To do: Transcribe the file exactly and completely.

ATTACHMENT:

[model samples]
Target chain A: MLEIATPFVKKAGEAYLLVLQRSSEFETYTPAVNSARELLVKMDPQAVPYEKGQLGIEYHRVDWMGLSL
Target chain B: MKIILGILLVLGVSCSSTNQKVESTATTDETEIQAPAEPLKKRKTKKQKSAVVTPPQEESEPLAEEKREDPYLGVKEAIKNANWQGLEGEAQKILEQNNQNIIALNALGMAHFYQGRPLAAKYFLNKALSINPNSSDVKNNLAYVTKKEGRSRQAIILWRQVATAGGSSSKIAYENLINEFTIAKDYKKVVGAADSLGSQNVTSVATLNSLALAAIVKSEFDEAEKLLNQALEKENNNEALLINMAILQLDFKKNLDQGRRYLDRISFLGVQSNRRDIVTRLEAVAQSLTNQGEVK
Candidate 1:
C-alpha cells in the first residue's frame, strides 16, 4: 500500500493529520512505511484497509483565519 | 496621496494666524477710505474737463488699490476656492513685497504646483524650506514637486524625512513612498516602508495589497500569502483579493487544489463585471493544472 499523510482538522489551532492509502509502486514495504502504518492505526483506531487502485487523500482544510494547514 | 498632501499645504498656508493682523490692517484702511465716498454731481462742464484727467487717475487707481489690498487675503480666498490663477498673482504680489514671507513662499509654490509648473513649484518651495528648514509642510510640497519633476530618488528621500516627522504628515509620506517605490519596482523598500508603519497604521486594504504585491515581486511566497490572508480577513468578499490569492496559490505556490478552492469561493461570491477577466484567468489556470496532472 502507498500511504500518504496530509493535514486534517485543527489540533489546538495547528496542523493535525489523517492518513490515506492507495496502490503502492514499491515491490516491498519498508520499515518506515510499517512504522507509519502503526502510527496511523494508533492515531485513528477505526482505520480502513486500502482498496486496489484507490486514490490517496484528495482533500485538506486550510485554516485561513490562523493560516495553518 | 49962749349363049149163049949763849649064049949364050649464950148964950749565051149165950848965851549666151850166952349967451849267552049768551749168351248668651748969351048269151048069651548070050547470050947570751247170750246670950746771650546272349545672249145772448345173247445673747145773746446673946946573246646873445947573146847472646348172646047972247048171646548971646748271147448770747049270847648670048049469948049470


[model samples]
Target chain A: MLEIATPFVKKAGEAYLLVLQRSSEFETYTPAVNSARELLVKMDPQAVPYEKGQLGIEYHRVDWMGLSL
Target chain B: MKIILGILLVLGVSCSSTNQKVESTATTDETEIQAPAEPLKKRKTKKQKSAVVTPPQEESEPLAEEKREDPYLGVKEAIKNANWQGLEGEAQKILEQNNQNIIALNALGMAHFYQGRPLAAKYFLNKALSINPNSSDVKNNLAYVTKKEGRSRQAIILWRQVATAGGSSSKIAYENLINEFTIAKDYKKVVGAADSLGSQNVTSVATLNSLALAAIVKSEFDEAEKLLNQALEKENNNEALLINMAILQLDFKKNLDQGRRYLDRISFLGVQSNRRDIVTRLEAVAQSLTNQGEVK
Candidate 1:
C-alpha cells in the first residue's frame, strides 16, 4: 500500500493529520512505511484497509483565519 | 496621496494666524477710505474737463488699490476656492513685497504646483524650506514637486524625512513612498516602508495589497500569502483579493487544489463585471493544472 499523510482538522489551532492509502509502486514495504502504518492505526483506531487502485487523500482544510494547514 | 498632501499645504498656508493682523490692517484702511465716498454731481462742464484727467487717475487707481489690498487675503480666498490663477498673482504680489514671507513662499509654490509648473513649484518651495528648514509642510510640497519633476530618488528621500516627522504628515509620506517605490519596482523598500508603519497604521486594504504585491515581486511566497490572508480577513468578499490569492496559490505556490478552492469561493461570491477577466484567468489556470496532472 502507498500511504500518504496530509493535514486534517485543527489540533489546538495547528496542523493535525489523517492518513490515506492507495496502490503502492514499491515491490516491498519498508520499515518506515510499517512504522507509519502503526502510527496511523494508533492515531485513528477505526482505520480502513486500502482498496486496489484507490486514490490517496484528495482533500485538506486550510485554516485561513490562523493560516495553518 | 49962749349363049149163049949763849649064049949364050649464950148964950749565051149165950848965851549666151850166952349967451849267552049768551749168351248668651748969351048269151048069651548070050547470050947570751247170750246670950746771650546272349545672249145772448345173247445673747145773746446673946946573246646873445947573146847472646348172646047972247048171646548971646748271147448770747049270847648670048049469948049470